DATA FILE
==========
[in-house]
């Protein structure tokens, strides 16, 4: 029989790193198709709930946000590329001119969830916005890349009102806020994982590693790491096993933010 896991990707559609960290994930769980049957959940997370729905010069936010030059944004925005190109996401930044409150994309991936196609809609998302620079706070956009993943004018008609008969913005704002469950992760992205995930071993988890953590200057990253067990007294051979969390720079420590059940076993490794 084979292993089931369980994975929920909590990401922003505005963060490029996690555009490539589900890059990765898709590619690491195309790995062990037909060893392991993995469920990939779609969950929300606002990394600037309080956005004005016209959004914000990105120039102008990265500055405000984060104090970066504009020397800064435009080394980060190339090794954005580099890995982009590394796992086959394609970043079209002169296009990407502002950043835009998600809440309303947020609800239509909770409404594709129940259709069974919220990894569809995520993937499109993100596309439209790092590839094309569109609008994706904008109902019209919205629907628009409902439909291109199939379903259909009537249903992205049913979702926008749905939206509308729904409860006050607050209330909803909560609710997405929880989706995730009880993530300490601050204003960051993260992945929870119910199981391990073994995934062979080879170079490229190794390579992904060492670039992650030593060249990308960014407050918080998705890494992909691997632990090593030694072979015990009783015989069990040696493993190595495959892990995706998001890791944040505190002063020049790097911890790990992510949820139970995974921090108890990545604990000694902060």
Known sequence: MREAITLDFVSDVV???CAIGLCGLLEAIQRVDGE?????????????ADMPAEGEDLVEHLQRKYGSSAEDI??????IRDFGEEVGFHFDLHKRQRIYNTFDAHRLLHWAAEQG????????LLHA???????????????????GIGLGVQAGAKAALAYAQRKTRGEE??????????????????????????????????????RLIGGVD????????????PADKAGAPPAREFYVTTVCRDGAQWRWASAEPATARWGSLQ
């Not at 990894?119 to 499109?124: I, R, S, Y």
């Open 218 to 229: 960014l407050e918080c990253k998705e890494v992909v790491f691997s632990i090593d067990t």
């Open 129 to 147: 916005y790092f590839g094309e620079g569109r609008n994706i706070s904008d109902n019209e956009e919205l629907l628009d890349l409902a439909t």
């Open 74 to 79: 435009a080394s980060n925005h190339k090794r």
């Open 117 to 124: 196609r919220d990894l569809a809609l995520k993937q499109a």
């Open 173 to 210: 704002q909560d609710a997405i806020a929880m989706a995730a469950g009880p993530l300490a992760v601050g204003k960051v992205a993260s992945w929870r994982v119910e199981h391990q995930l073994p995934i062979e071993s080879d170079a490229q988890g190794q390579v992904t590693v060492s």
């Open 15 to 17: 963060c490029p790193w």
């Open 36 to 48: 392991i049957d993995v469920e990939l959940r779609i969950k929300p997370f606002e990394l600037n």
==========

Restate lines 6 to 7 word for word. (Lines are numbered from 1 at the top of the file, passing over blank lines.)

């Open 129 to 147: 916005y790092f590839g094309e620079g569109r609008n994706i706070s904008d109902n019209e956009e919205l629907l628009d890349l409902a439909t």
């Open 74 to 79: 435009a080394s980060n925005h190339k090794r």